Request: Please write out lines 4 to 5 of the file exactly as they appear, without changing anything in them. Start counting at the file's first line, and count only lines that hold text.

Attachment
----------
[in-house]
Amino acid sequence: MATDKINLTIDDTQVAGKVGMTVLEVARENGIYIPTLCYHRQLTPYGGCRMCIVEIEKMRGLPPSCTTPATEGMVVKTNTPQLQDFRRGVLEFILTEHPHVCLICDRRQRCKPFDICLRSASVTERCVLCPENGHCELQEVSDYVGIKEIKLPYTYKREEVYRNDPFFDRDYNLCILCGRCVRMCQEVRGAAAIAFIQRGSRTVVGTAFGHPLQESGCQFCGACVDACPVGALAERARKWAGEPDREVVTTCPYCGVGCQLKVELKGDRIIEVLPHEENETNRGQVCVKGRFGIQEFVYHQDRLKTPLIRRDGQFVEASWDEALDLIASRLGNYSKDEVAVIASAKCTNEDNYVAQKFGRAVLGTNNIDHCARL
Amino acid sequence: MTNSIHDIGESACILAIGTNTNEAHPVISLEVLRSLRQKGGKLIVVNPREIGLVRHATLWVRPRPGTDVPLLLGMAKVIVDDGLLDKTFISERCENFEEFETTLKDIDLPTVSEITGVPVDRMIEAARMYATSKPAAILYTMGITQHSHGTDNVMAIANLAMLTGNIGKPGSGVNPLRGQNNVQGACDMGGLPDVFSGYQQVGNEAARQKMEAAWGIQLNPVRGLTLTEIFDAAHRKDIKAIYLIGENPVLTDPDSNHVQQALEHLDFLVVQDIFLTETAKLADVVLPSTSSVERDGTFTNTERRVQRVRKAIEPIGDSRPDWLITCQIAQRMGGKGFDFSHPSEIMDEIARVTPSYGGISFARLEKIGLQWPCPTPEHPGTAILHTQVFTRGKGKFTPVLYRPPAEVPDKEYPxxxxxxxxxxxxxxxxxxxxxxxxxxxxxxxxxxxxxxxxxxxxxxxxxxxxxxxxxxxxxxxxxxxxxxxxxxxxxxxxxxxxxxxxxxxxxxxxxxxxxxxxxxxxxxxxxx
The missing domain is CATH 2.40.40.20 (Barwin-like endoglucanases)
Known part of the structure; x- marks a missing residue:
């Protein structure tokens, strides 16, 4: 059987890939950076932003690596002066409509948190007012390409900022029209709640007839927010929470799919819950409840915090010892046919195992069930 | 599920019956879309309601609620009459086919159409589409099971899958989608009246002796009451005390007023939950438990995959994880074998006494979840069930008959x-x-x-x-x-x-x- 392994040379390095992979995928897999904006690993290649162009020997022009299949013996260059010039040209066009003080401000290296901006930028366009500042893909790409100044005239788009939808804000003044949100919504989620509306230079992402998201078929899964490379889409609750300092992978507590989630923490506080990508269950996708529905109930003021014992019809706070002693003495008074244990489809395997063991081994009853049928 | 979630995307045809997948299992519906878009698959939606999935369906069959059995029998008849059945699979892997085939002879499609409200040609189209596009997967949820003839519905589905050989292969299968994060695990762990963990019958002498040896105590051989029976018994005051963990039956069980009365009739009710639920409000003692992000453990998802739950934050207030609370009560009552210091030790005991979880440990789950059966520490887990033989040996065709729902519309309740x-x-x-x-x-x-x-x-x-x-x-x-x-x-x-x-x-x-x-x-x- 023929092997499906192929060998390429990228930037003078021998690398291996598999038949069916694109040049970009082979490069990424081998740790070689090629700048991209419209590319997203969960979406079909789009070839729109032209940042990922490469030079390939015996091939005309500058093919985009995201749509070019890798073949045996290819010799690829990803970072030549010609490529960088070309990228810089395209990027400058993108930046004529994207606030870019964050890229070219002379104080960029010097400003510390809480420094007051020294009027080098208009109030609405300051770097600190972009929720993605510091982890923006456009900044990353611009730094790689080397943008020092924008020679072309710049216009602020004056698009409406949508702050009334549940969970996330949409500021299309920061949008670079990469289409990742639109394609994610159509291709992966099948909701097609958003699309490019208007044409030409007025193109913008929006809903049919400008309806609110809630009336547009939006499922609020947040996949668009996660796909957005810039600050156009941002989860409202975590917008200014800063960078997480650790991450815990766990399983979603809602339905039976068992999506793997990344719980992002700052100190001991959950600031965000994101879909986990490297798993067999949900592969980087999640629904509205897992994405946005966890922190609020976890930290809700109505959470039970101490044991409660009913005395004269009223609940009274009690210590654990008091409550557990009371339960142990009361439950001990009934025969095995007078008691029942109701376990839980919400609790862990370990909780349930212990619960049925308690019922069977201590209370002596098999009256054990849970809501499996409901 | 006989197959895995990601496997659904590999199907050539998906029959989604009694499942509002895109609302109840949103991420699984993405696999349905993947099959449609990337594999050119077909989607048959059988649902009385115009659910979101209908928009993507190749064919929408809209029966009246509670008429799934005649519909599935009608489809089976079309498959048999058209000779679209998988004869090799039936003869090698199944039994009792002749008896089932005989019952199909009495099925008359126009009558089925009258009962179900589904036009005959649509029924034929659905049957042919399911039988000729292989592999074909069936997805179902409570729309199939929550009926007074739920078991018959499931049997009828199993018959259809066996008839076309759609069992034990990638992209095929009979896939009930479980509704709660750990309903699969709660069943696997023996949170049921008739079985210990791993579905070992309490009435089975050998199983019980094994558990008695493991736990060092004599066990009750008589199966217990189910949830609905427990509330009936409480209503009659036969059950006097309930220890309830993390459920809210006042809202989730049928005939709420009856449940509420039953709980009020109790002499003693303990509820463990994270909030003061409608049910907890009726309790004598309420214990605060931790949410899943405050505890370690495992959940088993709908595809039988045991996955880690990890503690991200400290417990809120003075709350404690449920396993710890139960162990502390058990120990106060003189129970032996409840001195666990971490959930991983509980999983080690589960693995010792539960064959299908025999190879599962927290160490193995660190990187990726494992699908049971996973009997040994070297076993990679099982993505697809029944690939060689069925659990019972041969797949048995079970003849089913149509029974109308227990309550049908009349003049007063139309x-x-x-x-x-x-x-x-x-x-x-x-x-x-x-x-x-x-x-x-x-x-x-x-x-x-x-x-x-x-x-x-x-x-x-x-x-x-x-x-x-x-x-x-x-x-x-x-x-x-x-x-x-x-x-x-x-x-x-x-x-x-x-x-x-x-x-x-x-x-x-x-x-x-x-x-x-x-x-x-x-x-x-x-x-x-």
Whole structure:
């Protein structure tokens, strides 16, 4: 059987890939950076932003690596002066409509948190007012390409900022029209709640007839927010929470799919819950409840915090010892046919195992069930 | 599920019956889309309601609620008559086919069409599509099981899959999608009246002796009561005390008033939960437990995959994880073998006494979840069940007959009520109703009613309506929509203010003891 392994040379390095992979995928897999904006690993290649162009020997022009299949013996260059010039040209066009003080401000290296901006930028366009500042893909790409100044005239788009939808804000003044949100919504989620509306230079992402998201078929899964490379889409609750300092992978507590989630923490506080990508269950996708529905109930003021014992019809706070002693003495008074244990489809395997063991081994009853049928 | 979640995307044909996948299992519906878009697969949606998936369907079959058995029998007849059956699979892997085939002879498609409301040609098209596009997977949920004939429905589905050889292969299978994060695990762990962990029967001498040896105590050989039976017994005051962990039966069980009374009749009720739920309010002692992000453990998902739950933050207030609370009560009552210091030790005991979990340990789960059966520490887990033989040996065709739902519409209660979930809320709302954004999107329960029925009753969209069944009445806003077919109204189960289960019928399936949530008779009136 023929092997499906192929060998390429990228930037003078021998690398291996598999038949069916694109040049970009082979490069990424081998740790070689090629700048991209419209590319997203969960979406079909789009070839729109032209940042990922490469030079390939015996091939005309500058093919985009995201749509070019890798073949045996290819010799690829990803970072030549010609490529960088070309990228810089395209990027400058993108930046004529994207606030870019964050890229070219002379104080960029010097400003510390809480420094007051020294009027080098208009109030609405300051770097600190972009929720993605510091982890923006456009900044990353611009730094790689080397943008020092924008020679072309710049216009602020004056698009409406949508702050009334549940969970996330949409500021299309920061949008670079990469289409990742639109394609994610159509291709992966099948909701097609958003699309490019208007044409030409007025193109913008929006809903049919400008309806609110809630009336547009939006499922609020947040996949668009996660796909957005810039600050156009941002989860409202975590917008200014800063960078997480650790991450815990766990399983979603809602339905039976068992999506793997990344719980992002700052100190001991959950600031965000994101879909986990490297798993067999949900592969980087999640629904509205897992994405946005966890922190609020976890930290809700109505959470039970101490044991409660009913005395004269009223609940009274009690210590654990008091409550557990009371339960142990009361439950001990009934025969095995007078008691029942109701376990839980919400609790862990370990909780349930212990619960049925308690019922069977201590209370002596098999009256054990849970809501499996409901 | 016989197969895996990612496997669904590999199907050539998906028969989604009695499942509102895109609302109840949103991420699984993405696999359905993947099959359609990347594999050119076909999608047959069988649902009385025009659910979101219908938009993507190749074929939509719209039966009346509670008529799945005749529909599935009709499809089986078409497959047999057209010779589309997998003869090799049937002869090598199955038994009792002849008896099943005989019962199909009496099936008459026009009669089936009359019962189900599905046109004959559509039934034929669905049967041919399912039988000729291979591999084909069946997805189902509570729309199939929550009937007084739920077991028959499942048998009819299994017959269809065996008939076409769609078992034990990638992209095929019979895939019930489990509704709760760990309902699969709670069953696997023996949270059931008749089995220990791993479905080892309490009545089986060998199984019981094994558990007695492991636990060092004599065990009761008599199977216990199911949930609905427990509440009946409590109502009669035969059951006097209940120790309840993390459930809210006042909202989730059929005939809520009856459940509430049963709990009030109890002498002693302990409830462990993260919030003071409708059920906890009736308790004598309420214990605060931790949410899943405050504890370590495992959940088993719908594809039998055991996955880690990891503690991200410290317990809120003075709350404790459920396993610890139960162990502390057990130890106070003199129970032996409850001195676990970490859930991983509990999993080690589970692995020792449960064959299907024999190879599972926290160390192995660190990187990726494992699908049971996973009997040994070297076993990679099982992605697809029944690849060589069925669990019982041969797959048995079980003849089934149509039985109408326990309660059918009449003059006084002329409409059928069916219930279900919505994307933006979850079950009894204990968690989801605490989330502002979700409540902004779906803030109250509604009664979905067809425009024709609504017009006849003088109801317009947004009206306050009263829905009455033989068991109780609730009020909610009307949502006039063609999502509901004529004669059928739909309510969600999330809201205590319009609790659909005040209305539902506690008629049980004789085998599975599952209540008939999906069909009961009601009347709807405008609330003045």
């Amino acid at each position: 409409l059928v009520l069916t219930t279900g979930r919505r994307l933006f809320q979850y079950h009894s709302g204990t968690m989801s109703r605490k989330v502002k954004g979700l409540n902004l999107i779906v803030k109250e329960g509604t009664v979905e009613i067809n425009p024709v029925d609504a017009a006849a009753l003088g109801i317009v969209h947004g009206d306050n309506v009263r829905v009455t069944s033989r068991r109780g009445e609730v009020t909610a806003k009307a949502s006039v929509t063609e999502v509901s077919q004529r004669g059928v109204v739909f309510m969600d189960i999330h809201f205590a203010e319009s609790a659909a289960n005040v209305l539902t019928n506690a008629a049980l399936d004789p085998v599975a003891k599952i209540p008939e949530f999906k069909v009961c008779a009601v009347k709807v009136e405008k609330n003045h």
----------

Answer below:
The missing domain is CATH 2.40.40.20 (Barwin-like endoglucanases)
Known part of the structure; x- marks a missing residue: